Hence, connected car security needs to be applied through add-on applications and services which operate in parallel to and in a manner compatible with an existing vehicle’s CAN controller. Movimento’s recently released Over-The-Air (OTA) platform for the Software Defined Car™ is one example of an effective automobile security service.

5 Best Practices for Securing Connected Cars

Based on Movimento’s decades of experience programming and reflashing cars and components for many automakers and Tier 1 suppliers, here are five best practices to keep in mind when securing the connected car.

1.  Encrypt car’s wide area network communications

Encrypting network communications has long been a method to protect against data theft and guarantee confidentiality, and yet only in February of this year BMW pushed an OTA software update to 2.2 million BMW, Mini and Rolls-Royce cars equipped with their ConnectedDrive system to implement encryption for car communications.

BMW’s “in the clear” transmission of data was uncovered by a group of hackers from Allgemeiner Deutscher Automobil-Club (ADAC), a German auto club, who set up rogue cell sites to which the test vehicles automatically connected. Once in, hackers were able to lock and unlock doors, access the navigation and entertainment system, and change environmental settings.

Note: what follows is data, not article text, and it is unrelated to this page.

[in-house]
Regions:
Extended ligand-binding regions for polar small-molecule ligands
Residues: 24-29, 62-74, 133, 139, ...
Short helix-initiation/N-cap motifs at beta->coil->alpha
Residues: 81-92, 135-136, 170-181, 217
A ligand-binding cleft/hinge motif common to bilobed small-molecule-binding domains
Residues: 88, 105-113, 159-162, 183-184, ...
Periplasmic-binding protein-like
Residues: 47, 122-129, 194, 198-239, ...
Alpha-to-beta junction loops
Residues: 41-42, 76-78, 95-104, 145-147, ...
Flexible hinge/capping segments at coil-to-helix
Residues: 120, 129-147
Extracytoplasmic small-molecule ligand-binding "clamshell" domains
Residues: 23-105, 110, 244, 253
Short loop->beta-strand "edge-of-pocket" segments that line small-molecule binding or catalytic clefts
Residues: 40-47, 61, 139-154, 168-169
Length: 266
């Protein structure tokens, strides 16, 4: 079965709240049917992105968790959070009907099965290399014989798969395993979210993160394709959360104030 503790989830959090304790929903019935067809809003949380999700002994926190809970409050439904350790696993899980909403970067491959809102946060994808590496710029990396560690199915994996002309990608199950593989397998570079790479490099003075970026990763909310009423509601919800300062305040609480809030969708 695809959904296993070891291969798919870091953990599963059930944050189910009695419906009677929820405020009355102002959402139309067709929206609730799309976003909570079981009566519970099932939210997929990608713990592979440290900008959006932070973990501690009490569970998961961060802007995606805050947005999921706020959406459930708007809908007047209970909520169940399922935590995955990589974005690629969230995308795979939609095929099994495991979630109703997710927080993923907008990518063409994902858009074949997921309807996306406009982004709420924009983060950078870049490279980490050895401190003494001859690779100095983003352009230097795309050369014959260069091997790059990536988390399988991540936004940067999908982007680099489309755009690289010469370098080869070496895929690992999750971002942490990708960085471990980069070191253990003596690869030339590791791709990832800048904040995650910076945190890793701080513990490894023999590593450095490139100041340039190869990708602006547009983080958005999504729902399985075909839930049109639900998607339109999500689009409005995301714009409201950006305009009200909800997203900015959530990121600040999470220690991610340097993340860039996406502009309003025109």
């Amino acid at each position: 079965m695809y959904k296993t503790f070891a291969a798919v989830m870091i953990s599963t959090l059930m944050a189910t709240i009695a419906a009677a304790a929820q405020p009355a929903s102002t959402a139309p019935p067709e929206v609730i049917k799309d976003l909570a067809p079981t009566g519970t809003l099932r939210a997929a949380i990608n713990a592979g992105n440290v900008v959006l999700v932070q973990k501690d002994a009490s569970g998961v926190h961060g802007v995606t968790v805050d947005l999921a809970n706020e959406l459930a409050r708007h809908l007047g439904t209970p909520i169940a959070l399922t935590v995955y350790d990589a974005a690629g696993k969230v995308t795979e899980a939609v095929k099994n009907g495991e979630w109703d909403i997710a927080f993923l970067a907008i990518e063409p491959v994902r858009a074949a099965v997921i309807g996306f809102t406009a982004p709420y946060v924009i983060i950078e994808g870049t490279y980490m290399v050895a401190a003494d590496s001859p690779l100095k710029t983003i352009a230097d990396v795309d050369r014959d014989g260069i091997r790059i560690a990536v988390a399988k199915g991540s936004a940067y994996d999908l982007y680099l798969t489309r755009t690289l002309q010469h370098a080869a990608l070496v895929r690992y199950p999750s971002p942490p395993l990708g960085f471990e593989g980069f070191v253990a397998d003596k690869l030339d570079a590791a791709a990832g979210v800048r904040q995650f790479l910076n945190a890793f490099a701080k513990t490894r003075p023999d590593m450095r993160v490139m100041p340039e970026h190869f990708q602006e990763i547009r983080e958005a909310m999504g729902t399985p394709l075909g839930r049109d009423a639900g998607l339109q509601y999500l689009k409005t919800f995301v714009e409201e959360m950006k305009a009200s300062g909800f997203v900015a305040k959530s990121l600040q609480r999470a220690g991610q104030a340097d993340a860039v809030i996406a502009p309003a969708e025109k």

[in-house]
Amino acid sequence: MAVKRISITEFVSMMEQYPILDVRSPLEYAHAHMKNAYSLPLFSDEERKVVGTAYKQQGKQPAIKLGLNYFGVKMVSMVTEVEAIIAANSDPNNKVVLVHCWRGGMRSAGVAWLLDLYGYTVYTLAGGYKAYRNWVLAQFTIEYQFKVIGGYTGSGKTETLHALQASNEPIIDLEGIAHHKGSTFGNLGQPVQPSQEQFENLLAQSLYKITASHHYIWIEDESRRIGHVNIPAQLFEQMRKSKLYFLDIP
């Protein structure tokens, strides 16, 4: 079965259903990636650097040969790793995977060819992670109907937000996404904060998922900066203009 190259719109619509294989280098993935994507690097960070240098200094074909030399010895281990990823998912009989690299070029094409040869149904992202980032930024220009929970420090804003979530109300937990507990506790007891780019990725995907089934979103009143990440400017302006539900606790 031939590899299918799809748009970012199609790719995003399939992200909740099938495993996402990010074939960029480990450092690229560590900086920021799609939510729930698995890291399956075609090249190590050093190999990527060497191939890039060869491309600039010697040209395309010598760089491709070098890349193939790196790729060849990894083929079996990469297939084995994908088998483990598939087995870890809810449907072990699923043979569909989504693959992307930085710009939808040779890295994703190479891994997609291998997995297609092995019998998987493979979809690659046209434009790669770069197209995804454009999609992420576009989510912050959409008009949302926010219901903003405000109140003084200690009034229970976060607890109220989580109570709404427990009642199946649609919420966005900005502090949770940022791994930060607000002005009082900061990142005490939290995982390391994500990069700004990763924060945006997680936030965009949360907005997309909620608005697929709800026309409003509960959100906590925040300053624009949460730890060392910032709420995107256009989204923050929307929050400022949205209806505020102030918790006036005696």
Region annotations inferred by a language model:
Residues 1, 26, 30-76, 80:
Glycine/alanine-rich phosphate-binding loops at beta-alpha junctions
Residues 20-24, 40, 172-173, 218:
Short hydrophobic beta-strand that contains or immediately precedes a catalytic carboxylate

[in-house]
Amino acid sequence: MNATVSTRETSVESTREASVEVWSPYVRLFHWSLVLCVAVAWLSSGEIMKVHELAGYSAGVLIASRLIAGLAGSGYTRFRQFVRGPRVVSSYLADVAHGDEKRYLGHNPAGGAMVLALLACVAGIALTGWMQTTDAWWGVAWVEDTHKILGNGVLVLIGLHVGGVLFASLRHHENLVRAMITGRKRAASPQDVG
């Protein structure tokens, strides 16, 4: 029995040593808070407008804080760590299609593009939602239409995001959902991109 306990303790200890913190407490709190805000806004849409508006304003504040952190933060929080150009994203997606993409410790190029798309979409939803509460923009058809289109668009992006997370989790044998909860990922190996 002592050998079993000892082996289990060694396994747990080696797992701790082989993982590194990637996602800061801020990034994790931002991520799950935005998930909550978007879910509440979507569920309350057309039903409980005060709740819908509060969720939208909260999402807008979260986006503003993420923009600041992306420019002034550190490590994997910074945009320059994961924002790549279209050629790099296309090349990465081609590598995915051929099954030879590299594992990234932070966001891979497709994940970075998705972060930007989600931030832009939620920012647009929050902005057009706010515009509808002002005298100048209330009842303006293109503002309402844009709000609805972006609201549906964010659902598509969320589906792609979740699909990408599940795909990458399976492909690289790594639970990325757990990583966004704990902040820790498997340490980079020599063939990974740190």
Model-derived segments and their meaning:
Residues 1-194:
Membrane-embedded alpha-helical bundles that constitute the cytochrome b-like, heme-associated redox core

2.  Don’t let components software update each other

Viruses frequently spread within information systems by first finding a foothold, then scanning the network for insecure devices that they can infiltrate. One of the ways to stop this type of wildfire is to prevent vehicle Electronic Control Units (ECUs) from software updating aka reflashing each other.

Reflashing matters because some of the most dangerous viruses infect a computer’s BiOS or other root vectors, which are often exposed at startup. Preventing ECUs that become infected from spreading the infection to others is a primary line of defense.

3.  Keep all the software up to date, over the air

“Insecure” devices are often subject to viral infection because their firmware is out of date. Keeping all network elements up to date has long been the bane of ICT departments around the world. Now the domain that requires this protection extends to vehicles as well.

When updating connected car firmware, be sure to make these connections wirelessly to avoid “rootkit” infections that can enter a vehicle through a physical connection, including the OBD-II port, USB port and even the charging port for electric cars. Rootkits are particularly troublesome because they can literally take over a device, plus many rootkits cloak and/or clone themselves to prevent detection or removal.

Rootkits are not the only threat that can come with connecting a car to a physical device. Last January, a researcher from the Digital Bond Labs found three security weaknesses in Progressive Insurance’s “Snapshot” OBD-II driver monitoring device: allowing access to a vehicle’s CAN bus, no authentication of the Snapshot device to the vehicle, and no encryption of driver data before transmitting it over a cellular network.